Judicial Steering in New York Courts

Judicial Steering in New York Courts

New York Law Journal

Westchester’s Matrimonial Part Revamped in Wake of Infighting

by Daniel Wise June 26, 2006

After months of bitter infighting, Ninth Judicial District Administrative Judge Francis A. Nicolai (See Profile) has reassigned all four judges who have been hearing divorce cases in Westchester County.

Two of five referees assigned to the matrimonial part are also being given new assignments, and the format for the matrimonial part itself is being revamped, said Office of Court Administration spokesman David Bookstaver.

Three new judges will be transferred into the part starting today, he added.

The judges are being shuffled and the part reorganized, Mr. Bookstaver said, because court officials have learned “from the nature of matrimonial work that it is historically prudent to rotate judges.”

When the changes are fully implemented, the matrimonial part, which decides approximately 900 contested divorce cases a year, will have one fewer judge and two fewer referees.

The change in format, which will be phased in, will result in judges handling their own cases from start to finish, Mr. Bookstaver said. For the time being, though, judges assigned to the part will supervise cases until a fact issue is ready to be tried. At that point, cases will be assigned to any judge or referee in the part, or one of two backup judges, to conduct a fact-finding hearing.

Two of the judges being reassigned will continue to conduct fact-finding hearings during the transition, Mr. Bookstaver said. He added that no date had been set for the completion of the change in court procedures.

Westchester Surrogate Anthony A. Scarpino, who is coming into the part as supervising judge, will not carry his own inventory of cases, Mr. Bookstaver said. Surrogate Scarpino (See Profile) replaces Justice W. Denis Donovan (See Profile), who was responsible for assigning cases out to trial and hearings twice a week, and also carried a calendar of post-judgment enforcement motions.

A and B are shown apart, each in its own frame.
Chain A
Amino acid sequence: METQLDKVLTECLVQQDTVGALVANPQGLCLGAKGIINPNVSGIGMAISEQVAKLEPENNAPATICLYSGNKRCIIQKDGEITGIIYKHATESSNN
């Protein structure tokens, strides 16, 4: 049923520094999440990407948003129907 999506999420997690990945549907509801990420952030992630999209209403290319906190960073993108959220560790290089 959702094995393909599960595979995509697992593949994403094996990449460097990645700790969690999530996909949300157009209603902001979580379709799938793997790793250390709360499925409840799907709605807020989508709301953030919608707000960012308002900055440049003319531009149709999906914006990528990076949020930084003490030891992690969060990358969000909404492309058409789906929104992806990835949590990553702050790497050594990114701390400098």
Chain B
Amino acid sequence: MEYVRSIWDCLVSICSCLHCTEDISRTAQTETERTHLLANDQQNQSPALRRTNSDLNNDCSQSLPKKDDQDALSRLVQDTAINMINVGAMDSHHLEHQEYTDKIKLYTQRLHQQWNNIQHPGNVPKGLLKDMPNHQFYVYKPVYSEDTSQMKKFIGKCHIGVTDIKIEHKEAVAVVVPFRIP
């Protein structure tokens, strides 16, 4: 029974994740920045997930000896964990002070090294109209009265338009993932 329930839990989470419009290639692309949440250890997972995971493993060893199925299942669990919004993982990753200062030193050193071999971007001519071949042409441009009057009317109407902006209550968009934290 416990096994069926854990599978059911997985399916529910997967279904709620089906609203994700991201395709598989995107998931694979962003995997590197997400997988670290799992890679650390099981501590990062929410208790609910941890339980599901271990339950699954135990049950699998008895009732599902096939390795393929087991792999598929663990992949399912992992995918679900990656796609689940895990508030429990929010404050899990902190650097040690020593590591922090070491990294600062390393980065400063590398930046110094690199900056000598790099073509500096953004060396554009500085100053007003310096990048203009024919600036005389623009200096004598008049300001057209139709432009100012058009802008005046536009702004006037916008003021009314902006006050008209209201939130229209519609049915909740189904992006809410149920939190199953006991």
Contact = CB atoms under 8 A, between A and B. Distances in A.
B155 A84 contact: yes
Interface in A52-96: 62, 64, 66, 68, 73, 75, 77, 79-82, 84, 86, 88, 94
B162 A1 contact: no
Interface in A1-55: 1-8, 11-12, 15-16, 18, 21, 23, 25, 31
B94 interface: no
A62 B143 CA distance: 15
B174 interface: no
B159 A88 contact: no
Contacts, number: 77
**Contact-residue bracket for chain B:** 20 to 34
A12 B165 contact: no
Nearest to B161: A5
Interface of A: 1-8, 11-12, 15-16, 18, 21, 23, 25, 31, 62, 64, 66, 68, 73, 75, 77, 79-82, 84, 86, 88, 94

The rotations are related to the controversies that have swirled through the part in recent months. Without being specific, Mr. Bookstaver said that the public has raised “a number of issues about the part’s practices and policies and the changes are designed to address those serious issues.”

Mr. Bookstaver would not discuss details, and said he could neither confirm nor deny whether investigations had been conducted by OCA Inspector General Sherrill R. Spatz.

But a referee assigned to the part, James A. Montagnino, has made available to the Law Journal a letter he wrote on March 13 to Chief Judge Judith S. Kaye and five other top administrative judges complaining that Justice Nicolai had improperly intervened in cases on seven occasions after having had ex parte contact with a lawyer or litigant.

And in interviews, both Mr. Montagnino and his lawyer, Fred L. Shapiro, a former County Court judge, said they had met with Ms. Spatz, who was conducting an investigation into the charges raised in Mr. Montagnino’s letter to Judge Kaye.

Mr. Montagnino separately said that about a week after he wrote his letter, Ms. Spatz informed him that her office would be investigating complaints lodged against him by a number of female litigants whose cases he had handled. Other than Ms. Spatz, no agency has jurisdiction to investigate such charges.

Outcomes of Investigations

With regard to the investigation of Mr. Montagnino, Mr. Shapiro said that on June 5, Mr. Montagnino was told at a meeting with OCA’s director of human relations that Ms. Spatz’s investigation had resulted “in no negative findings.” But he said OCA proposed that Mr. Montagnino accept a transfer to the Bronx because “it would be better for everyone if he did not continue to work in Westchester.”

Mr. Montagnino, in turn, asked for a transfer to the Albany area because he could move to his vacation home in Saratoga, Mr. Shapiro said, and it was agreed he would be given an assignment in either Albany or Rensselaer county.

Mr. Bookstaver said that Mr. Montagnino was one of two referees who is being transferred out of the matrimonial part, and that starting today he will be assigned in the Third Judicial District, which includes Rensselaer and Albany counties.

To the extent that no public action has been taken against Justice Nicolai, and he remains as administrative judge for the five-county Ninth Judicial District, it can be inferred that Ms. Spatz found no merit to Mr. Montagnino’s complaint.

As for the ex parte issues raised in Mr. Montagnino’s March 13 letter, Mr. Bookstaver said that dealing with complaints from litigants and lawyers is “a part of what administrative judges do — it is very much a part of the administrative judge’s responsibilities.”

Three New Judges

Like Mr. Montagnino, Judicial Hearing Officer Edward P. Borrelli was reassigned as part of the court shakeup. Starting today, Mr. Borrelli will be working in the commercial part of the Westchester courthouse.